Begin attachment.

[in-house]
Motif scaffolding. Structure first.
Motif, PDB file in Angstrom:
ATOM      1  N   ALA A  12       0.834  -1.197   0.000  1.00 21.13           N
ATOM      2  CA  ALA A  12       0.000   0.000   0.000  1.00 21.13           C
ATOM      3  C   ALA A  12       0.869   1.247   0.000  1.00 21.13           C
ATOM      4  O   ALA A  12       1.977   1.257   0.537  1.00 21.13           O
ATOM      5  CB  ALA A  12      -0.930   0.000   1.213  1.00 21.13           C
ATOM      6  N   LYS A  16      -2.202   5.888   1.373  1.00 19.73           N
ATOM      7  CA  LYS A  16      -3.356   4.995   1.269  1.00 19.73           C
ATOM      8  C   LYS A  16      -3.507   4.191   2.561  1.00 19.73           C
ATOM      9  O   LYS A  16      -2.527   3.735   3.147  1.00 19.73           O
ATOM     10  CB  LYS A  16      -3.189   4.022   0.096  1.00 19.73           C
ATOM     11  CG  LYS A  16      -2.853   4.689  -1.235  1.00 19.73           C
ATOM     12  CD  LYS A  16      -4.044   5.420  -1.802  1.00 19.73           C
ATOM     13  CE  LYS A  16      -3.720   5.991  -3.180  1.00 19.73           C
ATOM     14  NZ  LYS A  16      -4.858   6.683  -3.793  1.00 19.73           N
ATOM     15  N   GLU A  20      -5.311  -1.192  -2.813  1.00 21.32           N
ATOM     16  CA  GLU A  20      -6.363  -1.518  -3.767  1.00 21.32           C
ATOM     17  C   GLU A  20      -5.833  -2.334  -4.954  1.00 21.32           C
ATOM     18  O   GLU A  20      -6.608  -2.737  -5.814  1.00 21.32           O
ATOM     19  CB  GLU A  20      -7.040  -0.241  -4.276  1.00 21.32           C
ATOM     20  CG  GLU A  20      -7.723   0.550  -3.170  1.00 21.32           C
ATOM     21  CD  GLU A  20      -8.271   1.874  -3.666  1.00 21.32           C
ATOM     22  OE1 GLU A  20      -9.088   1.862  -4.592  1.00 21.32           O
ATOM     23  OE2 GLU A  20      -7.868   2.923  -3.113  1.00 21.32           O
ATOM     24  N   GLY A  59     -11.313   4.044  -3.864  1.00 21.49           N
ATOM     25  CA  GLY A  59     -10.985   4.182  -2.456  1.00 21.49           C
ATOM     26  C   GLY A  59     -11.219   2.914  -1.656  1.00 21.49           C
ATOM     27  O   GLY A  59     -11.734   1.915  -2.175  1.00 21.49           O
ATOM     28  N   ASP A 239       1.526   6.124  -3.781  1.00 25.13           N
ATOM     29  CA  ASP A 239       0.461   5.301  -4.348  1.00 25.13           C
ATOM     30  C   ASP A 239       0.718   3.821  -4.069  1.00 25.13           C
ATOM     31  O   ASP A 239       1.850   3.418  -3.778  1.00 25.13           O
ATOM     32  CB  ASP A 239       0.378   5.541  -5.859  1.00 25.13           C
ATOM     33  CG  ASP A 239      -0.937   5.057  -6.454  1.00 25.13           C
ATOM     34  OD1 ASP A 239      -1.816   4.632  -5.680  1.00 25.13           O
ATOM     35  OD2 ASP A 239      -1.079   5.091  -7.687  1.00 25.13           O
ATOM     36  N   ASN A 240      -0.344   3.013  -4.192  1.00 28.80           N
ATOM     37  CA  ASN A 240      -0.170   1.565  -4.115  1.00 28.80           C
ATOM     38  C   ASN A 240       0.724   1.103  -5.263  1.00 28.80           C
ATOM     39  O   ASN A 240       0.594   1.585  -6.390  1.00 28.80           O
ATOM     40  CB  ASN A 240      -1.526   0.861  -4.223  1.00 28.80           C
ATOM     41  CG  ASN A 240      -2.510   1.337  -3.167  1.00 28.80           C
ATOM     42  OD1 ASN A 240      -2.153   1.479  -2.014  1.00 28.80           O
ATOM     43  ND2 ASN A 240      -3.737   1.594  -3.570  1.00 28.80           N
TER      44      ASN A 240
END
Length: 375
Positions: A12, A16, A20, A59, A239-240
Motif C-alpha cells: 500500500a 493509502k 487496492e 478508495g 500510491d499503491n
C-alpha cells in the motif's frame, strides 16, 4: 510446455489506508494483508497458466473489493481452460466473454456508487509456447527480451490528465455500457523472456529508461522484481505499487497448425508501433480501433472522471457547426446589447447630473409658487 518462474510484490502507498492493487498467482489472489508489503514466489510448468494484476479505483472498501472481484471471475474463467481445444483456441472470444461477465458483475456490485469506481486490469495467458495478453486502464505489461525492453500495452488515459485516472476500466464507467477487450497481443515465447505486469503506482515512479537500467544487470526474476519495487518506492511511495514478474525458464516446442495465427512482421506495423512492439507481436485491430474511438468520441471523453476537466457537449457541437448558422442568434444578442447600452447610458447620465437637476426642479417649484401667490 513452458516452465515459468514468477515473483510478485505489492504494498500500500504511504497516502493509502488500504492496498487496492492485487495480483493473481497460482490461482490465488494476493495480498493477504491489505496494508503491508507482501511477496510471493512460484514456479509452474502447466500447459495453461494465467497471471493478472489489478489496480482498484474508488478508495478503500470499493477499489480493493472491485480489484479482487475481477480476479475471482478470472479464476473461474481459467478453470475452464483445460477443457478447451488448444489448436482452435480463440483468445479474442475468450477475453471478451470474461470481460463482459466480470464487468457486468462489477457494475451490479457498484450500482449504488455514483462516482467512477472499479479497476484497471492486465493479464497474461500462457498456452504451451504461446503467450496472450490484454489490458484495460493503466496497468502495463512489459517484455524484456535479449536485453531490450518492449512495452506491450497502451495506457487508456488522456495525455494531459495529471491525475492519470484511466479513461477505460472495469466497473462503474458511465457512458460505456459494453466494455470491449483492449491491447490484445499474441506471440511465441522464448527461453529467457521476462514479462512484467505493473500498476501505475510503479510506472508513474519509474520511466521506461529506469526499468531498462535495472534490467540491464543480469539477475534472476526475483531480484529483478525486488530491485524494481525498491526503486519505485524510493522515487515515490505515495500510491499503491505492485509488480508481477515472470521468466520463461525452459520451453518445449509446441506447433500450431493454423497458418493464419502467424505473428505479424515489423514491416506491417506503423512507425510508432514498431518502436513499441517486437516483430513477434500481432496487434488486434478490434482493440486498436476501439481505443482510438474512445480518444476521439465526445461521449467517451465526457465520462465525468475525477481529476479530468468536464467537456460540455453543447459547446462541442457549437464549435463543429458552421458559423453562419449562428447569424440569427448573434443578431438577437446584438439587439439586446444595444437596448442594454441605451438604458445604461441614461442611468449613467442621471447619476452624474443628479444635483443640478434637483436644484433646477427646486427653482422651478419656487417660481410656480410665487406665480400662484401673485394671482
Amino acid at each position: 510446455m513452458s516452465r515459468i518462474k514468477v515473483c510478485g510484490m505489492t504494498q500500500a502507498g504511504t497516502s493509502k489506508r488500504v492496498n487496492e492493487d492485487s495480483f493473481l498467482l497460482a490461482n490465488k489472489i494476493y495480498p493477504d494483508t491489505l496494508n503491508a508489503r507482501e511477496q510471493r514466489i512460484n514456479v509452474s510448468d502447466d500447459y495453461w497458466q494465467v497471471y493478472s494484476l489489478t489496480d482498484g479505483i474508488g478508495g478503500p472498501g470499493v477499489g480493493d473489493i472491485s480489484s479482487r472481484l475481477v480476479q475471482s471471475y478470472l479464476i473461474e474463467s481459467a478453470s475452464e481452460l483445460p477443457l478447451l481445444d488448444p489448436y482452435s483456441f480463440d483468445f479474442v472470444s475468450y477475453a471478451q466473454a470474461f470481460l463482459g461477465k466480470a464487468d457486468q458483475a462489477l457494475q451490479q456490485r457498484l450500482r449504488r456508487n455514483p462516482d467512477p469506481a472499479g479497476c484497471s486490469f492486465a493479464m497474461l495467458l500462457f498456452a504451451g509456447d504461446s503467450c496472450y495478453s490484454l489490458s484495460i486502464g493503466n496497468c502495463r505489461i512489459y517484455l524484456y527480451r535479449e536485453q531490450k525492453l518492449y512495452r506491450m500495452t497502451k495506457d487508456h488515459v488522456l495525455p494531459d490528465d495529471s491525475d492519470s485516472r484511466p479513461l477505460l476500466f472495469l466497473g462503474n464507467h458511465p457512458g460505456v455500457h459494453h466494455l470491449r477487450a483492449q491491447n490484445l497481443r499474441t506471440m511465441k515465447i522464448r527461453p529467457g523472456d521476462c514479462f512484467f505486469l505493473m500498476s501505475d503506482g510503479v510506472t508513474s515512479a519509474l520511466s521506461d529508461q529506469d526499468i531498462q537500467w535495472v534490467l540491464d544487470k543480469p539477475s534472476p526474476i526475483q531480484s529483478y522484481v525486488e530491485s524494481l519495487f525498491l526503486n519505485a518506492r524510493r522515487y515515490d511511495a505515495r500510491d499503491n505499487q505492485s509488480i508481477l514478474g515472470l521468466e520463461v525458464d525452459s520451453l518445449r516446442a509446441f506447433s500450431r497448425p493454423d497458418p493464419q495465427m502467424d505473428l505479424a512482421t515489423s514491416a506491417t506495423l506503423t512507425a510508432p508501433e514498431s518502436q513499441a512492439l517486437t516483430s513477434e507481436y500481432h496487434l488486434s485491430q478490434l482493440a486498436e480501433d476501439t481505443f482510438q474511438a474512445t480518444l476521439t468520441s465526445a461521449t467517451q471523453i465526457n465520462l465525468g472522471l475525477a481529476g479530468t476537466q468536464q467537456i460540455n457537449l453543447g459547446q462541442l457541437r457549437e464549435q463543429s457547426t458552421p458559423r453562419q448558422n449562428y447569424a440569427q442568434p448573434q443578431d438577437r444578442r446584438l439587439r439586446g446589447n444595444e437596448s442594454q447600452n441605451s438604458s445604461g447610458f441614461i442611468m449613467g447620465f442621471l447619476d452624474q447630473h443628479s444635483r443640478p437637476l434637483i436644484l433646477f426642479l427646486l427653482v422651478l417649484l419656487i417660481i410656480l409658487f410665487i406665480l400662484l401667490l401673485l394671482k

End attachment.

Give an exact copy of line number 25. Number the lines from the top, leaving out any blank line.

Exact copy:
ATOM     22  OE1 GLU A  20      -9.088   1.862  -4.592  1.00 21.32           O